1,000 raids Coney Hill burglar's message: "Crime doesn't pay"
HE burgled more than 1,000 homes and made in excess of £1million from his crimes.
But after being burgled himself, one of Gloucestershire's most prolific criminals is determined to stop others falling into a life of crime.
Robert Mayer is turning his life around and warning school children and young adults of the devastating effect crime can have on people's lives.
The 37-year-old, from Coney Hill, admits to carrying out numerous burglaries.
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He said: "Spending time inside has taken half my life away".
Robert was one of the first enrolled onto the Prolific and Priority Offenders' scheme (PPO), focusing on criminals who have made a 'significant impact' on law and order. The scheme was set up in 2005 involving the Probation Service, police and the Drugs Intervention Project.
Officers hope straight talking, regular drug testing and curfew orders will help keep regular offenders out of prison.
Offences by people on the scheme in Gloucestershire have reduced by 63 per cent since 2008, with burglary rates slashed by 20 per cent.
Robert, who had been in and out of children's care homes, youth detention centres and prison for much of his life, said social services had been at a loss to control his criminal ways, despite treating him to incentive European holidays skiing and to the Canary Islands and adventure trips.
"I realised the crime and the sort of people I was mixing with wasn't helping me or my family," he said.
"I have a past but I'm trying to put things right. Crime was part of my life when I was a boy. I was kept off school and couldn't read or write. My dad was doing very well out of crime, that was the life I wanted. I was mixing with older lads and there was a lot of peer pressure. It was all about who could do the bigger burglary, there was a lot of jealousy.
"It became all about money, fast cars, nice clothes and the lifestyle. It was never about drugs at first, that was something we did at weekends. I was responsible for a lot of crime and became well known to police.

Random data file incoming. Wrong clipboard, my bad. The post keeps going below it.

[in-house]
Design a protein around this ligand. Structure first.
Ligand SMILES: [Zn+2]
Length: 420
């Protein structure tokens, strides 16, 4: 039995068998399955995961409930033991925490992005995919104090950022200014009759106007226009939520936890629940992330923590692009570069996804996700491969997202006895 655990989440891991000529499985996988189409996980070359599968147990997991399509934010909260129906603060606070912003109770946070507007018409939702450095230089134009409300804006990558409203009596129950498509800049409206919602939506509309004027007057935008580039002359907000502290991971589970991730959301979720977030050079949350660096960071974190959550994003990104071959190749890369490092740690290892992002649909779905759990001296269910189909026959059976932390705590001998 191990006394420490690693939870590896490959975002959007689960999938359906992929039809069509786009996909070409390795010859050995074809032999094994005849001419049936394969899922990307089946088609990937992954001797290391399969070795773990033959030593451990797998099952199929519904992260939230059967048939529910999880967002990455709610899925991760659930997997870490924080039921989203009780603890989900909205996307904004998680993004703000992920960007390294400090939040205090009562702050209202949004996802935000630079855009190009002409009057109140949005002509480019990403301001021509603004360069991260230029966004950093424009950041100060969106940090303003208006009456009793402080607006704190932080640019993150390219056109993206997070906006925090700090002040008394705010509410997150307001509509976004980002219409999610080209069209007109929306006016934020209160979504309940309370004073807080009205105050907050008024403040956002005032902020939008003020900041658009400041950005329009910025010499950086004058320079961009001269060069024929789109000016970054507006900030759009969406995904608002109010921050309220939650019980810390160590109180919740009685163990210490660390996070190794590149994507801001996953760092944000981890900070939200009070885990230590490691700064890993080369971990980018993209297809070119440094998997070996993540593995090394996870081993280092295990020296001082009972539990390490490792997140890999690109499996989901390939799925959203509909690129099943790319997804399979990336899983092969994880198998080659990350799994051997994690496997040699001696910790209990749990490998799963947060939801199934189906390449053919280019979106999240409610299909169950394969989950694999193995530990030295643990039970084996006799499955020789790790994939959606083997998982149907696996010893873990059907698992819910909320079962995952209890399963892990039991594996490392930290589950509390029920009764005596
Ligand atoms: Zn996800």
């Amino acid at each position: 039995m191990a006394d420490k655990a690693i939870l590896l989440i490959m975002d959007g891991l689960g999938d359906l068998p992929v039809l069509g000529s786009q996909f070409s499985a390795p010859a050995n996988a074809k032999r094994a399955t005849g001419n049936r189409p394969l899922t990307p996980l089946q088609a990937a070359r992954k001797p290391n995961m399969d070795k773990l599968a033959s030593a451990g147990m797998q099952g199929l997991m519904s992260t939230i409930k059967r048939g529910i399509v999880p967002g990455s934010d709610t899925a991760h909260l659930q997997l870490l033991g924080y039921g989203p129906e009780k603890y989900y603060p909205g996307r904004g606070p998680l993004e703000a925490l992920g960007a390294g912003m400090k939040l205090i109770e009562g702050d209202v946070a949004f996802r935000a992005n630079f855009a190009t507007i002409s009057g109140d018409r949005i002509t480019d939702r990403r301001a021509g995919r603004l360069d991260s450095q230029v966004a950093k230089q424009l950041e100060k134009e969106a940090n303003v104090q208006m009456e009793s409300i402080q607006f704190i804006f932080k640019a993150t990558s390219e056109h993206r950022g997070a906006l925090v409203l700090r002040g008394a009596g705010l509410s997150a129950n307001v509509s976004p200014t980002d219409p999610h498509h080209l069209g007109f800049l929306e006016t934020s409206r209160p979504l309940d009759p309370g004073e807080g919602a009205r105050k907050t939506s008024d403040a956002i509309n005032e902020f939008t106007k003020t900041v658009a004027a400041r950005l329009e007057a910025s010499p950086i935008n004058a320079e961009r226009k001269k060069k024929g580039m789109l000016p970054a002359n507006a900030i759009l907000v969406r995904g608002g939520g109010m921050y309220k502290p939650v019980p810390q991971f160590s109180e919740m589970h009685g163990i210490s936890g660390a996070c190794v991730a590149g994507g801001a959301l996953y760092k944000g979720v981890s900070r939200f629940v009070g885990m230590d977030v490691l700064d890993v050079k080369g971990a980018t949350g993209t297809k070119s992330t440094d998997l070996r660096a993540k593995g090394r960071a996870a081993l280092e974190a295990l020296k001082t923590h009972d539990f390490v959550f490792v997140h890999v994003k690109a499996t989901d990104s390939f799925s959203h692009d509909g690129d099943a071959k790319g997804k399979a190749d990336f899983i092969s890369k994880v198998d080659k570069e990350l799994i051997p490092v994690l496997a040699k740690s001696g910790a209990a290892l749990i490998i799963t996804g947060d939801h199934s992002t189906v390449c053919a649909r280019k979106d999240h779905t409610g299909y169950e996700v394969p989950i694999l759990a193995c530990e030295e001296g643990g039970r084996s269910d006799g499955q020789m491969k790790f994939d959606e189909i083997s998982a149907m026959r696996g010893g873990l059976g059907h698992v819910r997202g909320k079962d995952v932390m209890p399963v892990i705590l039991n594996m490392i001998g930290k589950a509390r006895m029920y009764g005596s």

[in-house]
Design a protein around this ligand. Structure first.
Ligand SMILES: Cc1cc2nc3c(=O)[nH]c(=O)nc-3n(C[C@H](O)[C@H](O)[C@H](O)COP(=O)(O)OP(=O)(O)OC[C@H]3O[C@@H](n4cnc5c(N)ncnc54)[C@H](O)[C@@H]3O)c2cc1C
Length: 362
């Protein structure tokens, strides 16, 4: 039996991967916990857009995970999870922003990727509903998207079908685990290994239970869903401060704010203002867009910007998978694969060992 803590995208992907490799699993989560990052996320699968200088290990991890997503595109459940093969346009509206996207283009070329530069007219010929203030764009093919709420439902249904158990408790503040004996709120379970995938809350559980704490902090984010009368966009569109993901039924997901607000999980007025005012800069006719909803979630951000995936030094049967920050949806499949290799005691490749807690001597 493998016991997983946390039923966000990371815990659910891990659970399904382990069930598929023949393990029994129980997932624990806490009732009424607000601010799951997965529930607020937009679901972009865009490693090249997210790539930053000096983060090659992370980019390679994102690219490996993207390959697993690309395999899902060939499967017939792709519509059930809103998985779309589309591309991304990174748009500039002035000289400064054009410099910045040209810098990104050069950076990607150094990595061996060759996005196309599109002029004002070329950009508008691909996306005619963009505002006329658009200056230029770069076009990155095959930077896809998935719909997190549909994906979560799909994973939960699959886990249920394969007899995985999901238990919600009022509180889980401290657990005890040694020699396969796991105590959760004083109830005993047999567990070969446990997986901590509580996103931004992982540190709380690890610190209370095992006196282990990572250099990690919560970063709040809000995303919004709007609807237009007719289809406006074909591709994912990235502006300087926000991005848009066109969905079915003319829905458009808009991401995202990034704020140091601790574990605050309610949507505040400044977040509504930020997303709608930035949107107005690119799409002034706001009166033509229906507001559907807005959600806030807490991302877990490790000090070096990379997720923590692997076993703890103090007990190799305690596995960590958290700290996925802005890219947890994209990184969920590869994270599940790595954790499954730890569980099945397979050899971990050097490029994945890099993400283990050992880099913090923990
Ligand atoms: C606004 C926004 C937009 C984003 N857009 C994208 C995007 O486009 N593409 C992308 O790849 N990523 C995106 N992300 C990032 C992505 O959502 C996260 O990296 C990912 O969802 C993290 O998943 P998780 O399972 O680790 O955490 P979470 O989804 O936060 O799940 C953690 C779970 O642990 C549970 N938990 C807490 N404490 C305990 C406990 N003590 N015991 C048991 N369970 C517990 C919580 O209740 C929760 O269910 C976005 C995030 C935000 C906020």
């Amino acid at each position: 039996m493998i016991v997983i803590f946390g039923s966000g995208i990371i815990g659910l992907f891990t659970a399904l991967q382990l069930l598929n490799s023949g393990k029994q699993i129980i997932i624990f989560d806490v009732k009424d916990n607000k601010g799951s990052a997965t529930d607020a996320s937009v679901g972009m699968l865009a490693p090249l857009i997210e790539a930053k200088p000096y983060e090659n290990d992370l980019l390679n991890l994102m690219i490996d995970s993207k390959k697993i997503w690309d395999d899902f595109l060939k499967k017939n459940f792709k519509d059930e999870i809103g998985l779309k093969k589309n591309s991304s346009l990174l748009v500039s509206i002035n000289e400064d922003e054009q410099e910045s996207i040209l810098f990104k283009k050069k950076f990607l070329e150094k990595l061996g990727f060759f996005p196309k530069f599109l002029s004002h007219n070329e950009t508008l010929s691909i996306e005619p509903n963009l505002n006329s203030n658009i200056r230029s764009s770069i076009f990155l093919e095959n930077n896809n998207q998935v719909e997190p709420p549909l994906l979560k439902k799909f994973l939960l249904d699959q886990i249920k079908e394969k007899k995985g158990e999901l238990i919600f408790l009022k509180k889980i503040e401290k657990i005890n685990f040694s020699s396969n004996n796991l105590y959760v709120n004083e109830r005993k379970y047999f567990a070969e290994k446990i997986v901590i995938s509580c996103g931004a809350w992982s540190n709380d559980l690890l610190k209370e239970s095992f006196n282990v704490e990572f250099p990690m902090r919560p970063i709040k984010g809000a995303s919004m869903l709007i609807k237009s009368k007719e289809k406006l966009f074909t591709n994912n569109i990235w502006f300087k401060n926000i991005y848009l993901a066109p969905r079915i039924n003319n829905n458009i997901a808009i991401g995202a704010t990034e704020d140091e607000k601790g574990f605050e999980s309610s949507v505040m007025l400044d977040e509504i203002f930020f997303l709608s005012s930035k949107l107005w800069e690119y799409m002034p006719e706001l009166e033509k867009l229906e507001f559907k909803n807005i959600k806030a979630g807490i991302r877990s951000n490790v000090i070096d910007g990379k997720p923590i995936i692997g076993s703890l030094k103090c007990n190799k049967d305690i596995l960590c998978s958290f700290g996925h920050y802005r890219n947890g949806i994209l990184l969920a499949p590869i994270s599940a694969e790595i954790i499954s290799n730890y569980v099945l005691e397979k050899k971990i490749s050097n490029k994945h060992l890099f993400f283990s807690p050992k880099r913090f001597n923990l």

"We wouldn't come home from burglaries at night unless we had made £500 each.
"We were going out at 4.30pm as soon as it got dark and carrying on until midnight, sometimes doing 10 to 15 a night.
"It's not something I'm proud of, but I've done well over 1,000 burglaries. I am ashamed. I've been burgled myself recently so I know how it feels but I didn't understand that then."
Soon his crimes included ram-raiding, but then a serious road accident in 1994 on the way back from a job at Edge caused the death of a close friend.
Breaking his legs in the smash, Robert was held under police guard at Gloucestershire Royal Hospital before escaping though a top floor window.
"I knew I was looking at a serious sentence, probably six years. I couldn't face that," he said.
"I had to get out of the hospital. I climbed out of the window onto the ledge and around the building back into the fire exit. I couldn't walk properly so slid down the banisters on my T-shirt on my belly to get down stairs through the fire escape.
"I got outside and called my friends who picked me up. I was arrested five days later and put on remand. That was when I was first offered heroin.
"It took the pain away for my friend dying and made it easier to deal with. I thought about suicide.
"Any man who says prison is easy is lying. When that door closes and you're sat there staring at the walls on your own, it hits you.
"I do feel remorse. That is why I wanted to get involved to help young people and join the police mentoring programme.
"There were good times in my past life, but they were far outweighed by the bad times. The message needs to get across that crime is not the answer."
Weekly meetings between offenders and police help map out a future path, away from crime. Many are resistant but others, like Robert, who are offered education, a bail hostel and skills training are determined to toe the line.
Vulnerable persons officer PC Dawn Collings said: "Robert does not glamorise his background or seek to glorify crime or prison - he gives a very frank account of the devastation he caused others and himself.
"Robert's experienced it first hand and wants to make sure these youngsters don't follow in his footsteps.
"So far the talks have been incredibly impactive and very effective."